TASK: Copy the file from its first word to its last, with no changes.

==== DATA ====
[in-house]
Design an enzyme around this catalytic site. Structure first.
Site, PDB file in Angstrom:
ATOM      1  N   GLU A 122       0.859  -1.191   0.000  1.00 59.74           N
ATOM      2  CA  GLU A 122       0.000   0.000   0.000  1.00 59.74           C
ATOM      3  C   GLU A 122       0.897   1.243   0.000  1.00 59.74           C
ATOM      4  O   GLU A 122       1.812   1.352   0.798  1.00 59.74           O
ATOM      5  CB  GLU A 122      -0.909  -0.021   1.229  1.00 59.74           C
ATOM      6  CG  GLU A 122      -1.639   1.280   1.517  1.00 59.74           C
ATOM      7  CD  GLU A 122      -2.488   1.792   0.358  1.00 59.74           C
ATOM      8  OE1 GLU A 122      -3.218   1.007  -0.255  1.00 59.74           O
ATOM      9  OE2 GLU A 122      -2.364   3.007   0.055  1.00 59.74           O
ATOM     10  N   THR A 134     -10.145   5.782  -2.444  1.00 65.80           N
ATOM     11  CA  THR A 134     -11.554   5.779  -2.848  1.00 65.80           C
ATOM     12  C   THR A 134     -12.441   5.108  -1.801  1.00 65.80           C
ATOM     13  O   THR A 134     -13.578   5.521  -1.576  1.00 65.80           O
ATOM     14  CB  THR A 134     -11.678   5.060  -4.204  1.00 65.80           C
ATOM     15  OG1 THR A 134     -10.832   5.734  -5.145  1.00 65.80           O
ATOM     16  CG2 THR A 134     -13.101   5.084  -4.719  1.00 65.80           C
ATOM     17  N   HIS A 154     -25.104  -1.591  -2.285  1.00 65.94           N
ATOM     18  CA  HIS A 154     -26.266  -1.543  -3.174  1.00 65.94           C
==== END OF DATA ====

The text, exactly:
[in-house]
Design an enzyme around this catalytic site. Structure first.
Site, PDB file in Angstrom:
ATOM      1  N   GLU A 122       0.859  -1.191   0.000  1.00 59.74           N
ATOM      2  CA  GLU A 122       0.000   0.000   0.000  1.00 59.74           C
ATOM      3  C   GLU A 122       0.897   1.243   0.000  1.00 59.74           C
ATOM      4  O   GLU A 122       1.812   1.352   0.798  1.00 59.74           O
ATOM      5  CB  GLU A 122      -0.909  -0.021   1.229  1.00 59.74           C
ATOM      6  CG  GLU A 122      -1.639   1.280   1.517  1.00 59.74           C
ATOM      7  CD  GLU A 122      -2.488   1.792   0.358  1.00 59.74           C
ATOM      8  OE1 GLU A 122      -3.218   1.007  -0.255  1.00 59.74           O
ATOM      9  OE2 GLU A 122      -2.364   3.007   0.055  1.00 59.74           O
ATOM     10  N   THR A 134     -10.145   5.782  -2.444  1.00 65.80           N
ATOM     11  CA  THR A 134     -11.554   5.779  -2.848  1.00 65.80           C
ATOM     12  C   THR A 134     -12.441   5.108  -1.801  1.00 65.80           C
ATOM     13  O   THR A 134     -13.578   5.521  -1.576  1.00 65.80           O
ATOM     14  CB  THR A 134     -11.678   5.060  -4.204  1.00 65.80           C
ATOM     15  OG1 THR A 134     -10.832   5.734  -5.145  1.00 65.80           O
ATOM     16  CG2 THR A 134     -13.101   5.084  -4.719  1.00 65.80           C
ATOM     17  N   HIS A 154     -25.104  -1.591  -2.285  1.00 65.94           N
ATOM     18  CA  HIS A 154     -26.266  -1.543  -3.174  1.00 65.94           C